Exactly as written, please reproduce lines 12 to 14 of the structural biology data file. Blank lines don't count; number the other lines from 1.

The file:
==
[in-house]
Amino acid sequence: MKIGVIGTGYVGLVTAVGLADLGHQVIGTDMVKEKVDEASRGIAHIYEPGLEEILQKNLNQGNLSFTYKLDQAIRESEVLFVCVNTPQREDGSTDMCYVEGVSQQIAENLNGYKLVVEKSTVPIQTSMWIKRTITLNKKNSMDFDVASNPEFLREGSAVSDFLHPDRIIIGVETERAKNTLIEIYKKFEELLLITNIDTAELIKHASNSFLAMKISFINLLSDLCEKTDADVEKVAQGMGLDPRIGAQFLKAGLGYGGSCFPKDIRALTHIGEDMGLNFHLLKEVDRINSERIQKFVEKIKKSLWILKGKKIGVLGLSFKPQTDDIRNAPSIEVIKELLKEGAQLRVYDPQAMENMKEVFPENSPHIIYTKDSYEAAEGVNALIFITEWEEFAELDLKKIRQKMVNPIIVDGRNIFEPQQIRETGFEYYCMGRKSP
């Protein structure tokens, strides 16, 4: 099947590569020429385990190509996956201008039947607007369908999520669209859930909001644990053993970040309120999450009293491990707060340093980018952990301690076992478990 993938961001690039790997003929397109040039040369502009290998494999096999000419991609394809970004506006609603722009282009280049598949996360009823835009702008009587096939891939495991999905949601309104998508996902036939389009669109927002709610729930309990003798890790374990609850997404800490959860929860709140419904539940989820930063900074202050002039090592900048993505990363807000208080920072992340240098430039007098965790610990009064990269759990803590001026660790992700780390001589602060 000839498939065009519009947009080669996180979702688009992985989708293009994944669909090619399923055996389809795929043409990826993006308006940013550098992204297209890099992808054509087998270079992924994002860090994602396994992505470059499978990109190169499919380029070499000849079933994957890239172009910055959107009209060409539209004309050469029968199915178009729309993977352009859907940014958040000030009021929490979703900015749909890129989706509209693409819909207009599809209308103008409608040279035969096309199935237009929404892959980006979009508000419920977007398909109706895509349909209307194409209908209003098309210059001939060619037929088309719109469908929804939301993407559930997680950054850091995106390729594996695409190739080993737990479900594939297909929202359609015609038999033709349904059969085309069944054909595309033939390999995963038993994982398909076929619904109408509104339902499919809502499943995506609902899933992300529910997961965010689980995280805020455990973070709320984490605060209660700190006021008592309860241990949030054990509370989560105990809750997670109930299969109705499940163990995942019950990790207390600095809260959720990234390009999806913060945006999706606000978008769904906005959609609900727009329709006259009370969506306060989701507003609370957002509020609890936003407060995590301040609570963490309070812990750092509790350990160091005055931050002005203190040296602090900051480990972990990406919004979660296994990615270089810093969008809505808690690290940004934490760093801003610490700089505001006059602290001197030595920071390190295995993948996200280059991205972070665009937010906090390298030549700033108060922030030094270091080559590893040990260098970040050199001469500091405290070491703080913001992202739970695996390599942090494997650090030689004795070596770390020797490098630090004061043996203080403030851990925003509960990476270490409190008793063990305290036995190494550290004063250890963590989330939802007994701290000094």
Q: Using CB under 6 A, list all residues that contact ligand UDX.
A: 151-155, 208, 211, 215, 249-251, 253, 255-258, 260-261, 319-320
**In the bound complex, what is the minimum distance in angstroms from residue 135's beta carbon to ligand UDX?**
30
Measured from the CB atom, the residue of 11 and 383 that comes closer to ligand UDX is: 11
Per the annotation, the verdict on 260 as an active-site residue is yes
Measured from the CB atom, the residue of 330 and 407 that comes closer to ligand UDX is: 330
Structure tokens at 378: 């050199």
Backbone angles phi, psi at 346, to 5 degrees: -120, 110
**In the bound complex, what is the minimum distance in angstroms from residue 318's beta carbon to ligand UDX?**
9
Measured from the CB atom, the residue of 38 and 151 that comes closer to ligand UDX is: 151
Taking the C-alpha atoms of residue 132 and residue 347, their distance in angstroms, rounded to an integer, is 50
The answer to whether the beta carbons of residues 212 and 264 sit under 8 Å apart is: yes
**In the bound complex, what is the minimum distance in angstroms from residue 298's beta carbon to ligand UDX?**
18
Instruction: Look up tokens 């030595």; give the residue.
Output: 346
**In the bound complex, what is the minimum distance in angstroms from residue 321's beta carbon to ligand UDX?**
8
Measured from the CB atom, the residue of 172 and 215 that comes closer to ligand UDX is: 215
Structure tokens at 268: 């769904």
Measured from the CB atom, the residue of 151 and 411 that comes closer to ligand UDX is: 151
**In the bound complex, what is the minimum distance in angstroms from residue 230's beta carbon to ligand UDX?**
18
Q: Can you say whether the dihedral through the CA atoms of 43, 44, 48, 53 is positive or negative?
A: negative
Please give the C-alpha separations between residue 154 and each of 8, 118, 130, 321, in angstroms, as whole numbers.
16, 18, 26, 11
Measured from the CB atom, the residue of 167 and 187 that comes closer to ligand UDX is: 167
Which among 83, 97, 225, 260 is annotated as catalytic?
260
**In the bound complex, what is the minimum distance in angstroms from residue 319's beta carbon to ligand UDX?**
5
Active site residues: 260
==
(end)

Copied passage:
Backbone angles phi, psi at 346, to 5 degrees: -120, 110
**In the bound complex, what is the minimum distance in angstroms from residue 318's beta carbon to ligand UDX?**
9